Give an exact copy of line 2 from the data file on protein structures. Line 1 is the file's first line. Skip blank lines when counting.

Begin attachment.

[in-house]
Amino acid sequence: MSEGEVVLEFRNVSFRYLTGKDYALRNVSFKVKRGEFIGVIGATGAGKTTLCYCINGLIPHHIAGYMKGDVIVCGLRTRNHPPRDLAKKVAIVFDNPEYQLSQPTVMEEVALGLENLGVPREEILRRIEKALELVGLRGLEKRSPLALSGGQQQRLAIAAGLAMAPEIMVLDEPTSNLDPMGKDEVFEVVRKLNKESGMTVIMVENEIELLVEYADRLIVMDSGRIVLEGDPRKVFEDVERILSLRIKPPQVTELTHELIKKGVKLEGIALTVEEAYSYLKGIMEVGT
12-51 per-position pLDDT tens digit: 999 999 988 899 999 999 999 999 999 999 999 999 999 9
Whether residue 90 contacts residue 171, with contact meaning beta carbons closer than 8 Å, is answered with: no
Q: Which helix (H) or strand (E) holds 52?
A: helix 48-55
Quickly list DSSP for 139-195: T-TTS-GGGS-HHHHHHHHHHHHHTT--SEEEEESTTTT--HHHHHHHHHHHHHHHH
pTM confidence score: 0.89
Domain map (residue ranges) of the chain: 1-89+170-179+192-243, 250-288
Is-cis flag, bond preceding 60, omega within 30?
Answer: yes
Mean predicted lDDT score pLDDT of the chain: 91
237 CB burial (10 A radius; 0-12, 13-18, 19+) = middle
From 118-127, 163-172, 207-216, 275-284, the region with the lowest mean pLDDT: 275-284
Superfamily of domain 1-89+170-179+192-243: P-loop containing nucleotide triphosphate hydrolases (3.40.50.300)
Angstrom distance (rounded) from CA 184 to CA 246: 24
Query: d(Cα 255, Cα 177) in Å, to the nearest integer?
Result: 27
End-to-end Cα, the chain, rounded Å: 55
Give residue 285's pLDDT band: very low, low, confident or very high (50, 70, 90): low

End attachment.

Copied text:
Amino acid sequence: MSEGEVVLEFRNVSFRYLTGKDYALRNVSFKVKRGEFIGVIGATGAGKTTLCYCINGLIPHHIAGYMKGDVIVCGLRTRNHPPRDLAKKVAIVFDNPEYQLSQPTVMEEVALGLENLGVPREEILRRIEKALELVGLRGLEKRSPLALSGGQQQRLAIAAGLAMAPEIMVLDEPTSNLDPMGKDEVFEVVRKLNKESGMTVIMVENEIELLVEYADRLIVMDSGRIVLEGDPRKVFEDVERILSLRIKPPQVTELTHELIKKGVKLEGIALTVEEAYSYLKGIMEVGT